So hiking tax on cigarettes and fuel and upping minimum wage may have contributed to the so-called rosy numbers but I don't buy it.

Time to double down. 16% by 2021/2022. A buffer is only prudent.

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Hosking will be fuming..whats he going to write about this week...??

Hosking knows very little about public accounting.

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You could have saved yourself a wee bit of time there by putting the . after "little"

The bookies have just shortened the odds on more industrial action before year end.

Good one Hamish. and the Bookies would have it right

Well done National for making this possible.
The PREFU said that the country's finances and economy were in good shape.

The PREFU said that the country's finances and economy were in good shape.

And is little more than economic ignorance to suggest as such. Govts don't operate like h'holds nor should they. A budget surplus is not necessarily a sign of good economic management, whether it's under Labour or National.

I seem to remember the Clarke Cullen years and their fiscal surplus was more than offset by an explosion of private debt. Which is more dangerous? Public debt that in NZ can never be defaulted on ? Or household debt that can be?

How do you figure we can never default on our public debt?

Because the government owns the keyboard attached to the excel spreadsheet that creates the NZ dollar and we only borrow in the NZ dollar. We can only default if we choose to. See Japan. See the US. See the UK. There is a magic money tree.
If you don't think there is a magic money tree what was QE but the creation of reserves from nothing to buy government bonds? Reserves could be created to pay off bond holders at any time the government instructs the central bank to do so. Yes it could create inflation. But we can't default. Unless we do something looney like peg our currency or borrow in US dollars. To quote Warren Mosler "Governments, using their own
currency, can spend what they want, when they want, just like the football stadium can put points on the board at will. The consequences of overspending might be inflation or a falling currency, but never bounced checks."

Because the government owns the keyboard attached to the excel spreadsheet that creates the NZ dollar and we only borrow in the NZ dollar. We can only default if we choose to. See Japan. See the US. See the UK. There is a magic money tree............But we can't default. Unless we do something looney like peg our currency or borrow in US dollars.

Thank heavens for people like you. Ufortunately, many elected polticians won't understand this.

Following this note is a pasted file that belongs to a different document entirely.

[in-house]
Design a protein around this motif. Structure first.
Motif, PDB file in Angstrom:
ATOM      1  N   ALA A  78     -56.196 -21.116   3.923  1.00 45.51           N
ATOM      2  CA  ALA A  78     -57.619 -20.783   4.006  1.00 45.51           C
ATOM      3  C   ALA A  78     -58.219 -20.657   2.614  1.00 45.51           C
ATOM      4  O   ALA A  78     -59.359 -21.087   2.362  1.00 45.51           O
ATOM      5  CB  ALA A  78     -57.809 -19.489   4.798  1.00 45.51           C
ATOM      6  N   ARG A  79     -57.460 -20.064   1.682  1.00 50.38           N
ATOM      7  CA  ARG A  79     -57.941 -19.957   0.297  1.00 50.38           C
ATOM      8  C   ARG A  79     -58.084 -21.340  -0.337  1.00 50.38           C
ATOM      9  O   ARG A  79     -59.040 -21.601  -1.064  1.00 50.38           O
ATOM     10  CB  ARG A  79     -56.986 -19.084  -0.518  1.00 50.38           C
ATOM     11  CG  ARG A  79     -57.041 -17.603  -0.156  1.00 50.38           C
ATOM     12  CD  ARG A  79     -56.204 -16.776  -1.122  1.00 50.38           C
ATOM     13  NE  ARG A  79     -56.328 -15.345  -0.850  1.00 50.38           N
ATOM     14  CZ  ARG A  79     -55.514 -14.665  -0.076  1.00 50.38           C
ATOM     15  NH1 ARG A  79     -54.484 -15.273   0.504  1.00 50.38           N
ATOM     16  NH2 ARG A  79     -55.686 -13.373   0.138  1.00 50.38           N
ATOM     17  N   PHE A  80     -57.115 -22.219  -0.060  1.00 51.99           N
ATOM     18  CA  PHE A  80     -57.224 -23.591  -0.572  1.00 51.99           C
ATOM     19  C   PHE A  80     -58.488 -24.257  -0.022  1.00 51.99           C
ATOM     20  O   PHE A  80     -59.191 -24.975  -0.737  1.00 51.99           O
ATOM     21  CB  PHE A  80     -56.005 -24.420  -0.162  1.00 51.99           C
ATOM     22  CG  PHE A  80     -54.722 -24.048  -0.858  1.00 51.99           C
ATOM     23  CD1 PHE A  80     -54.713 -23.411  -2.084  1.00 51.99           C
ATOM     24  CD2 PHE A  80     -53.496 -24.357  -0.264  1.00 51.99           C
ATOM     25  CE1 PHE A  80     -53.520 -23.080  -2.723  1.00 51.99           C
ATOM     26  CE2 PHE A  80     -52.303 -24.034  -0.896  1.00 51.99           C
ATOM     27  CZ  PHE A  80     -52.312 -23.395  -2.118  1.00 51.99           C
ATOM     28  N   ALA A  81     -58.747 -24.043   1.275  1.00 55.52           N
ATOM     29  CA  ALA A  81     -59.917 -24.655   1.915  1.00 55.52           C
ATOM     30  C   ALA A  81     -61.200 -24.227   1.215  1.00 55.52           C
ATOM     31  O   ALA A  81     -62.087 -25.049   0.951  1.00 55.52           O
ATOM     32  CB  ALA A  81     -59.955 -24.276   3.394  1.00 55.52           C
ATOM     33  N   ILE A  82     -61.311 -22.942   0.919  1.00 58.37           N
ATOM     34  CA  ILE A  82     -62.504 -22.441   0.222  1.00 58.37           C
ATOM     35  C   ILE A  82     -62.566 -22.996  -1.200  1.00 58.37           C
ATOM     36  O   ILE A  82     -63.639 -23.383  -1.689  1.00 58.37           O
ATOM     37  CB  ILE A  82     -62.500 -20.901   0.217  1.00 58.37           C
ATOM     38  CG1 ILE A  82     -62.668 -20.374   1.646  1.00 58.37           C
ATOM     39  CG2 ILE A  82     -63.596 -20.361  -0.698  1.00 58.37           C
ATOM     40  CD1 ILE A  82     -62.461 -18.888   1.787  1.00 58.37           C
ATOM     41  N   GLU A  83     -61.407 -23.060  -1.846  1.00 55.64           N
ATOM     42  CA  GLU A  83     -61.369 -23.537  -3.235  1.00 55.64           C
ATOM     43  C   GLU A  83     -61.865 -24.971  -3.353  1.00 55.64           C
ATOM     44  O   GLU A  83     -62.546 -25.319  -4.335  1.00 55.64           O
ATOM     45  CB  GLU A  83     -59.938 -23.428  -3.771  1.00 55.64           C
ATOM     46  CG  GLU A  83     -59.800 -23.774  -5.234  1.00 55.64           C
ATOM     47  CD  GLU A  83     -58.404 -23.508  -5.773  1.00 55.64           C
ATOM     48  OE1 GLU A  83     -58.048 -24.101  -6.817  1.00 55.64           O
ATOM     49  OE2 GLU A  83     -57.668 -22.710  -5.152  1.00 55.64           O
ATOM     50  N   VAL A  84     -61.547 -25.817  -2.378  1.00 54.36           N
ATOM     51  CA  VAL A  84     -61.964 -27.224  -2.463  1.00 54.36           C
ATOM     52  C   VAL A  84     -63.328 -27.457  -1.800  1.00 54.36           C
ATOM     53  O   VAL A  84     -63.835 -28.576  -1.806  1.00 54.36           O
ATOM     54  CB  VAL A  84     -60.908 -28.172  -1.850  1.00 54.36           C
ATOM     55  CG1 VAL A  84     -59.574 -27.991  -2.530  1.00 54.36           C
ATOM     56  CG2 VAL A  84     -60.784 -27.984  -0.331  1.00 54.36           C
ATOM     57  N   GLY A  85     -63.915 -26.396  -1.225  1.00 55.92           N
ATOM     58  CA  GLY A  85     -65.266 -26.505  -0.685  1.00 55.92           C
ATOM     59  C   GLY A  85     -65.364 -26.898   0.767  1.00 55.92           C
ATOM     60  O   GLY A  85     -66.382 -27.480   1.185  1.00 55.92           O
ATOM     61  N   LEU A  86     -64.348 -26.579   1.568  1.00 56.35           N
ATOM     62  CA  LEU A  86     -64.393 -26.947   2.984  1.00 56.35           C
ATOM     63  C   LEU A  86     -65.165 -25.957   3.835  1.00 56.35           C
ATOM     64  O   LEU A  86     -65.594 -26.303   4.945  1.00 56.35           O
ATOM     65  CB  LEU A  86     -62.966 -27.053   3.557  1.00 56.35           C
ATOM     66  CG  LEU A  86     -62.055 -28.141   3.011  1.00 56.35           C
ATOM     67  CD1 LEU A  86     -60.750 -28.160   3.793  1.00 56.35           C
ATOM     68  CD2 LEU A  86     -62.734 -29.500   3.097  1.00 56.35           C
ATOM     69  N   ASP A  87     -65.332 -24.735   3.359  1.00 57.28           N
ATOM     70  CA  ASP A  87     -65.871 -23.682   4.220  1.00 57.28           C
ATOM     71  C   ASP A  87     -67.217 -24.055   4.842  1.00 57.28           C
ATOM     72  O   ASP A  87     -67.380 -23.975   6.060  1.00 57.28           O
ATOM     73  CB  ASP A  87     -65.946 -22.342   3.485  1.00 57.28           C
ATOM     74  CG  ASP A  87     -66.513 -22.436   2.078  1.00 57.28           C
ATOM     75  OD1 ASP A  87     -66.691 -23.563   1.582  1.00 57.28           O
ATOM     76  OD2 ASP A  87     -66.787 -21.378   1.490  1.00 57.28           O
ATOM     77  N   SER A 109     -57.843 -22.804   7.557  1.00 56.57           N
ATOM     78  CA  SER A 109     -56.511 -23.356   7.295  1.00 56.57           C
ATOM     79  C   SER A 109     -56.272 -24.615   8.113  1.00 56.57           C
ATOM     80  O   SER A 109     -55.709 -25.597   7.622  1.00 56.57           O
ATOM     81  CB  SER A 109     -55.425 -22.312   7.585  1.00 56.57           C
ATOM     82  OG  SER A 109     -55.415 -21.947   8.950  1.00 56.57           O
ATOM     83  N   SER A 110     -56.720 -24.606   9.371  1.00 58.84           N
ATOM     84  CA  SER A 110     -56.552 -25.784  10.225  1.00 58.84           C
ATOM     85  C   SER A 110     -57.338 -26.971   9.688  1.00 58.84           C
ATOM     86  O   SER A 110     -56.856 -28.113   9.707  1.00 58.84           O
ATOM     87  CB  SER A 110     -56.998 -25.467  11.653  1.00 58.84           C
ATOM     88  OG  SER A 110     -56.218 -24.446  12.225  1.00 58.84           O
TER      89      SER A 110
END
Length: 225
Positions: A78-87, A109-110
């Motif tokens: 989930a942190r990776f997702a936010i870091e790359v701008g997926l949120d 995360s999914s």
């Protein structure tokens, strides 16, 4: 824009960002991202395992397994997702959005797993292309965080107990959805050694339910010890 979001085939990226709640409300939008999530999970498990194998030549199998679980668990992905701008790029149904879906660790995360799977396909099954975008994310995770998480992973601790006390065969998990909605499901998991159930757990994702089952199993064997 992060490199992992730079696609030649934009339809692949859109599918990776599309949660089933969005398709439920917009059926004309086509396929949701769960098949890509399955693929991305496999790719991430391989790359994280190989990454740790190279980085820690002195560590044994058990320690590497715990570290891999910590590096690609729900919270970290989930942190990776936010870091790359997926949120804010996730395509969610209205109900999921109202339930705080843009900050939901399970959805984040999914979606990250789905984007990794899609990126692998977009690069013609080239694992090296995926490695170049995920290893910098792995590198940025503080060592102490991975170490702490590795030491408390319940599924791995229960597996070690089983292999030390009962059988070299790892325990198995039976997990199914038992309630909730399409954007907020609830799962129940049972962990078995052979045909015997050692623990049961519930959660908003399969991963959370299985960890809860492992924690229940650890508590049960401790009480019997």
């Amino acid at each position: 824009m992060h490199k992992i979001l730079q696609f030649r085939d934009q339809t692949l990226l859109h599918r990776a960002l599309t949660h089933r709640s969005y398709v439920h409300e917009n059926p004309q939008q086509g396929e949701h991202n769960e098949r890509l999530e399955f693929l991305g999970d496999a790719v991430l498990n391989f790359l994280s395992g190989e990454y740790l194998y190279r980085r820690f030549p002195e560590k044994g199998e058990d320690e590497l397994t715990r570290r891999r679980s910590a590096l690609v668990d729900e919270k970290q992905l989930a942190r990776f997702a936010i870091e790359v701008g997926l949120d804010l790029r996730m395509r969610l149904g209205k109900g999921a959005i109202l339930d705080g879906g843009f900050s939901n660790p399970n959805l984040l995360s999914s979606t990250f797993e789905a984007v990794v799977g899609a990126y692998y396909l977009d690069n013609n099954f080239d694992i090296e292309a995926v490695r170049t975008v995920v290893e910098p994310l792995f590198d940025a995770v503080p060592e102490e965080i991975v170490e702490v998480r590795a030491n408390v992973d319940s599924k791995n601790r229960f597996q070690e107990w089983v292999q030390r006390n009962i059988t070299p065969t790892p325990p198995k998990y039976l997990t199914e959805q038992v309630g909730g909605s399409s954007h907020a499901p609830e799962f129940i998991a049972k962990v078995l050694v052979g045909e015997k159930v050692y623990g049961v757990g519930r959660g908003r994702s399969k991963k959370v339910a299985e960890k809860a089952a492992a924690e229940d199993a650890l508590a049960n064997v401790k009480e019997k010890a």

Warren Mosler
"Governments, using their own currency, can spend what they want, when they want, just like the football stadium can put points on the board at will. The consequences of overspending might be inflation
or a falling currency, but never bounced checks."
http://moslereconomics-kg5winhhtut.stackpathdns.com/wp-content/powerpoin...

And you don't think creating massive inflation is just as destructive as defaulting?

Massive inflation is bad. But it's not defaulting. Once you've got over the fact that sovereign currency issuing governments can't default, you get over fiscal policy hypochondriasis and see the functional quality of the right amount of government spending, which might mean continuous deficits in a country with already high household debt who now need to repair their balance sheets and a persistent current account deficit (Trump has cottoned on to this hence US growth). Too much deficit spending will cause an inflation problem if the economy is at full capacity. But that is not what we're talking about. Too much of any kind of spending from any sector can cause inflation. As always, the empirical reality that is Japan is what one needs to explain if you want to tell the "default around the corner" story - even the default via inflation story (where is the inflation from the BOJ's money tree financing Japanese government deficits?). Money printing whilst destroying your supply side (Zimbabwe, Weimar) will get you hyperinflation of course.

So, answer this for me - when the pension funds and private govt bond investors realise that they will never get their capital back from their govt bonds, will the RBNZ step up and buy every dollar of govt debt issued with said printed money? If it then becomes so simple, why doesn’t the govt just abolish all taxes and get the RBNZ to buy/print all of its debt/spending requirements? My other key question is whether this has ever worked before in history...I don’t think it has..?

To hopefully answer your question, the world would lose confidence in our currency. If something can be created for nothing it’s worth nothing. There’s also the implicit guarantee that debt will be paid back as gov and the rbnz have the forced backing of NZ taxpayers. That’s why we accept freely created money from countries but not individuals.
For your second question, never...

We accept the currency of the NZ government because we all have to pay taxes in it. QE created a lot of something for nothing and yet very low inflation......